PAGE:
Ride or die.
By The Action A Go Go Special Forces Unit
In case you didn’t know, Furious 7, the seventh film in The Fast And The Furious franchise, is about to drift into theaters, and we can’t help but be more than a little excited by the latest addition to the Toretto family tree.
We also can’t help but have cars on our mind this week. Particularly, cars on film.
Early this month I asked our writers to chime in on their favorite “car movies.” Deliberately, I left it open to interpretation to see how each person defines what a car movie means to him or her. The end result was an eclectic mix of cinematic classics with an unabashed need for speed and newer films that patiently build their stories around the moment when foot meets accelerator.
Troy’s Favorite Car Flick: Rush (2013)
While most car films focus squarely on the romantic nature of racing, Ron Howard’s Rush zeroes in on the methodology. In the process, we learn more about the personalities that get behind the wheel than you would normally find in a movie like this.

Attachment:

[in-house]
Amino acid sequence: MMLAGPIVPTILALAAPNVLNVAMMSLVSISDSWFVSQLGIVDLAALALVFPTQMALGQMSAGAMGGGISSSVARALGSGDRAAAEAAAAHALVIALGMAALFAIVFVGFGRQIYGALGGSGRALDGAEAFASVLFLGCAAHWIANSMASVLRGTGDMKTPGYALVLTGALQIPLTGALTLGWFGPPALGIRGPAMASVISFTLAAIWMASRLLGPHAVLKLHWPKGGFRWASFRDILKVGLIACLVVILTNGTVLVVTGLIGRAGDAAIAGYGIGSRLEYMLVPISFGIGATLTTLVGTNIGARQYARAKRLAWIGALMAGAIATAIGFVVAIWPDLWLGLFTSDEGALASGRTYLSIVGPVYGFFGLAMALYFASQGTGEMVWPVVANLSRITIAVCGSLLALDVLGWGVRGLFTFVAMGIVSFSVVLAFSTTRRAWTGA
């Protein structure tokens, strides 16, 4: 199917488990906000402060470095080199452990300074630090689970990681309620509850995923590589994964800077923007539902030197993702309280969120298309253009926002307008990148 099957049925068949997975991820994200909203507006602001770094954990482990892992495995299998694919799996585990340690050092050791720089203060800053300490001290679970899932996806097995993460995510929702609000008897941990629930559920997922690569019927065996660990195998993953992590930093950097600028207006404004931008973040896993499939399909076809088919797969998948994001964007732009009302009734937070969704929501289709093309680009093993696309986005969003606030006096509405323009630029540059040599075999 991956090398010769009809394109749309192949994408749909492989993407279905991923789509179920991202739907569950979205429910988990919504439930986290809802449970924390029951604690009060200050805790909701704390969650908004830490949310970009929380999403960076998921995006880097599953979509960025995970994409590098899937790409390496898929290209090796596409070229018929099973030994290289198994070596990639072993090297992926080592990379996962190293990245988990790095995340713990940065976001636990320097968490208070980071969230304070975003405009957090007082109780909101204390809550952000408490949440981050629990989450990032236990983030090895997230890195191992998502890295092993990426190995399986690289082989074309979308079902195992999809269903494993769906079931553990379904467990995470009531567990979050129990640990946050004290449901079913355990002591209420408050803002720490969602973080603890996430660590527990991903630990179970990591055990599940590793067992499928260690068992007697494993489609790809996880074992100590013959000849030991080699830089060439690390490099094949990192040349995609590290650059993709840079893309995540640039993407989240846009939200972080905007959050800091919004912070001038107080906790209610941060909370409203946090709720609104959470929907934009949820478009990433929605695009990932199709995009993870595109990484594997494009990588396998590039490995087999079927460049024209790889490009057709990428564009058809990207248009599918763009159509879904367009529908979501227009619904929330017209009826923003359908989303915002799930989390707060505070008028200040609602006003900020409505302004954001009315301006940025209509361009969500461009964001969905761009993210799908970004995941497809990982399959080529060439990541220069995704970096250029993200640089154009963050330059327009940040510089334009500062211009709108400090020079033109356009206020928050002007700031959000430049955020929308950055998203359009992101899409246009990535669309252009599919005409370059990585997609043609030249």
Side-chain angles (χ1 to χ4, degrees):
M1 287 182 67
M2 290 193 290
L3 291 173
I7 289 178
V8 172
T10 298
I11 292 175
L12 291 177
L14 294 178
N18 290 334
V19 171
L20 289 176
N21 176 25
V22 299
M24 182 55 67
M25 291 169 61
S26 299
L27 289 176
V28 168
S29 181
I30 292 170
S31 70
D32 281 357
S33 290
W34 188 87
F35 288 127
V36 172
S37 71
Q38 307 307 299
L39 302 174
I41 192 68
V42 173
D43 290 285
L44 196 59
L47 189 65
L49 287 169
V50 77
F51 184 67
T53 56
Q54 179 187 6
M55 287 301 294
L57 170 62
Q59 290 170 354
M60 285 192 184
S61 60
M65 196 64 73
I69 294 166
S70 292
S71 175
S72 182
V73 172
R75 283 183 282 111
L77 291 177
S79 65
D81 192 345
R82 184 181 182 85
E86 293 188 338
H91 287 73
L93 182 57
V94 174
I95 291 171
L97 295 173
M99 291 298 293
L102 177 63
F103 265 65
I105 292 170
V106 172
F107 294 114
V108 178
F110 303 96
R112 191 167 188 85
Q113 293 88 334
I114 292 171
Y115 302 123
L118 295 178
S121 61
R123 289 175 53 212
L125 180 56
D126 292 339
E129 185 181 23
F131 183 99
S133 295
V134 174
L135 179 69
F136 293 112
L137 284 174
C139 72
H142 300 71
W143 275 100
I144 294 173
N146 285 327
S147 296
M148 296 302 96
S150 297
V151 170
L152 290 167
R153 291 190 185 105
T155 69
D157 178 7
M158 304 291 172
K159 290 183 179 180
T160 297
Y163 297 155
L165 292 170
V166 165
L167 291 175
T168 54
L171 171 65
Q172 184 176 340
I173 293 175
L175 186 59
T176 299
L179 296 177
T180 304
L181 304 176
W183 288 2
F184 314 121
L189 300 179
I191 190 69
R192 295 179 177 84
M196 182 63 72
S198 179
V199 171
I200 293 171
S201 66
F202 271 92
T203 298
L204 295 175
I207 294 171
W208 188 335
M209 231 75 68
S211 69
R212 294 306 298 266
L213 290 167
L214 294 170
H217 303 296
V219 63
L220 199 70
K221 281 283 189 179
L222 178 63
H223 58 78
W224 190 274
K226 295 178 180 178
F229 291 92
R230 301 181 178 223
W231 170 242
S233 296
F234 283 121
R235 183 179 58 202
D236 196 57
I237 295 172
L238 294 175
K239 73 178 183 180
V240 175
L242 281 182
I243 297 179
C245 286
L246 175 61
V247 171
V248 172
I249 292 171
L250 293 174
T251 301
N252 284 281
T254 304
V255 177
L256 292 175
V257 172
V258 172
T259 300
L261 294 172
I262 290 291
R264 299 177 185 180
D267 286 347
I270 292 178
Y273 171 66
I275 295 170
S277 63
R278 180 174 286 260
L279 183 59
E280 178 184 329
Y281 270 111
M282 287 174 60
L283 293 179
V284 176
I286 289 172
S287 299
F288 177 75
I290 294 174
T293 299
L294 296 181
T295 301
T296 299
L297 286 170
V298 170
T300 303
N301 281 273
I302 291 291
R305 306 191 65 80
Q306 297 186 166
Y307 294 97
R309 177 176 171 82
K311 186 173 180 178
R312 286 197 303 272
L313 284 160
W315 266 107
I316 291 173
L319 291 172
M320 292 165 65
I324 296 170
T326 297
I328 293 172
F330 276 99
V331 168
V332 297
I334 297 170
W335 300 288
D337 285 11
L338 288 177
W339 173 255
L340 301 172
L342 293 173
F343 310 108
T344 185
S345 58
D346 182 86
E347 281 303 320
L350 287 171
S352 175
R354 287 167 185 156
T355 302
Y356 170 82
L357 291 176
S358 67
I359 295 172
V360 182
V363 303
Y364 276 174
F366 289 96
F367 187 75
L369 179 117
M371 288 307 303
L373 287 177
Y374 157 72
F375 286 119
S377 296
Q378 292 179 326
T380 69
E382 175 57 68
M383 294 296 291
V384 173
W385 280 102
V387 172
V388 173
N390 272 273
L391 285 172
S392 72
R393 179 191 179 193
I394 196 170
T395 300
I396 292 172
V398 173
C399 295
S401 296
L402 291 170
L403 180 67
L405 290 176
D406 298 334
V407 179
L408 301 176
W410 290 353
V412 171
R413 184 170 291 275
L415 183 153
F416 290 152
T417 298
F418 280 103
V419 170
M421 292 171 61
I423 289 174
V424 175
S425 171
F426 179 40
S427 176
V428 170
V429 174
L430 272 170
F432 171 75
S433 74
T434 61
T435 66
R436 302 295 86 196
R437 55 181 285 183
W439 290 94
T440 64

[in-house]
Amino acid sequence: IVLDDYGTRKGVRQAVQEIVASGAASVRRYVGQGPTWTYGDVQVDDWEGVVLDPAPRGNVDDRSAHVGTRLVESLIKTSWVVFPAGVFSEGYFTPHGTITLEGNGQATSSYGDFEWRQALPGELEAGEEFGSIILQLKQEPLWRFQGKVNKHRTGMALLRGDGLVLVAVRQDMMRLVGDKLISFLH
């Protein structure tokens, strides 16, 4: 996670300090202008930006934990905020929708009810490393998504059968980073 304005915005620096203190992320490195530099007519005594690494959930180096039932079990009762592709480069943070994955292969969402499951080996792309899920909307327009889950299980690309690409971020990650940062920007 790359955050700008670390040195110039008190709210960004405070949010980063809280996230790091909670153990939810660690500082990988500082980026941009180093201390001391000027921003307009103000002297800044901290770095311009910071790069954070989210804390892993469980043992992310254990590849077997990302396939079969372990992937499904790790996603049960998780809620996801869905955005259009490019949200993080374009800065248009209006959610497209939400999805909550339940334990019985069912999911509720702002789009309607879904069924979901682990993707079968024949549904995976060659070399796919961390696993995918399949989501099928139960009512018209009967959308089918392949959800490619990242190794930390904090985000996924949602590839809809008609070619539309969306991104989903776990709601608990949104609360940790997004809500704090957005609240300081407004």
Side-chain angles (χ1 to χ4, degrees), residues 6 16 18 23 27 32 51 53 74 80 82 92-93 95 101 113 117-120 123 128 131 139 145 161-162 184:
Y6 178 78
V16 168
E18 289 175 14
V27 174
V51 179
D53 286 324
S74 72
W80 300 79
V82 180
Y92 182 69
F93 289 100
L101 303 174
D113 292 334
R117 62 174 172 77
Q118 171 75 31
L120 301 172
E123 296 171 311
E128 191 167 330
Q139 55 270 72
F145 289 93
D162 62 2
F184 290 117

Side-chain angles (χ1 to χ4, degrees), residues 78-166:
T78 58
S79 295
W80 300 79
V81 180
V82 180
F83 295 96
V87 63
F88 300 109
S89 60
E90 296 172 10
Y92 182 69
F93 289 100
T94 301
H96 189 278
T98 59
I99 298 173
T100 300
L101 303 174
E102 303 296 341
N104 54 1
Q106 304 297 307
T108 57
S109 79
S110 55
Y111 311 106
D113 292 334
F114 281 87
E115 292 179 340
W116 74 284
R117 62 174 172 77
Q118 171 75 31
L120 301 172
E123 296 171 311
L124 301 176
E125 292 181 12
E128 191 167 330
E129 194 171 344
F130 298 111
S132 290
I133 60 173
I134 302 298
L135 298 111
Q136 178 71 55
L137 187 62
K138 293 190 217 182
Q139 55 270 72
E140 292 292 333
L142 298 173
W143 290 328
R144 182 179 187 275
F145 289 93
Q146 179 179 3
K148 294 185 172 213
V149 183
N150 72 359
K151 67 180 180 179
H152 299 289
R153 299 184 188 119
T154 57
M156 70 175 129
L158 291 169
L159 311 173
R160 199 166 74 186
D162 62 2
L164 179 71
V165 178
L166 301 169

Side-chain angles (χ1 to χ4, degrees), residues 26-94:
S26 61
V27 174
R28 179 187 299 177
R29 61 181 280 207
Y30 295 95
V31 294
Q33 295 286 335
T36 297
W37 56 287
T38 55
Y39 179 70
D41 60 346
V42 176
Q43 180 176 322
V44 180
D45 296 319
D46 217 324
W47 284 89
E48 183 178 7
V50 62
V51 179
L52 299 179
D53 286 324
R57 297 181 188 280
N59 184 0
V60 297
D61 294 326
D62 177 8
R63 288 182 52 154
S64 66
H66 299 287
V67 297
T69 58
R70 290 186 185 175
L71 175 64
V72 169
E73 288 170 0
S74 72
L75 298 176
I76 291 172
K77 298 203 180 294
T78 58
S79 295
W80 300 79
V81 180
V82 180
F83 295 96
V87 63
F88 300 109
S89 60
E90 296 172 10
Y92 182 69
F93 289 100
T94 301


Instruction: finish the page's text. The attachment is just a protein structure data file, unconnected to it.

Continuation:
Based on the true life rivalry between Formula One racers James Hunt (played with winning self-assuredness by Chris Hemsworth) and Niki Lauda (a more-than-worthy Oscar-nominated performance by Daniel Brühl), Rush pits Lauda’s German pragmatism against Hunt’s daredevil antics. On the race track, despite their difference in philosophies, the two men are pretty evenly matched. Off the race track however, Hunt’s care-free attitude continues to cost him personally while Lauda’s obsessive compulsive behavior continues to cost him professionally.
Director Ron Howard (Apollo 13, A Beautiful Mind) is an ace at dramatizing real life scenarios suspensefully, and with Rush he uses those sensibilities to build an emotional character study just as breathless and high octane as The Fast and The Furious films.
From the rousing Hans Zimmer score to the recreation of Hunt and Lauda’s epic races to the death, if you’re not a fan of F-1 racing then Rush will turn you into one.
Derek’s Favorite Car Flick: Gumball Rally (1976)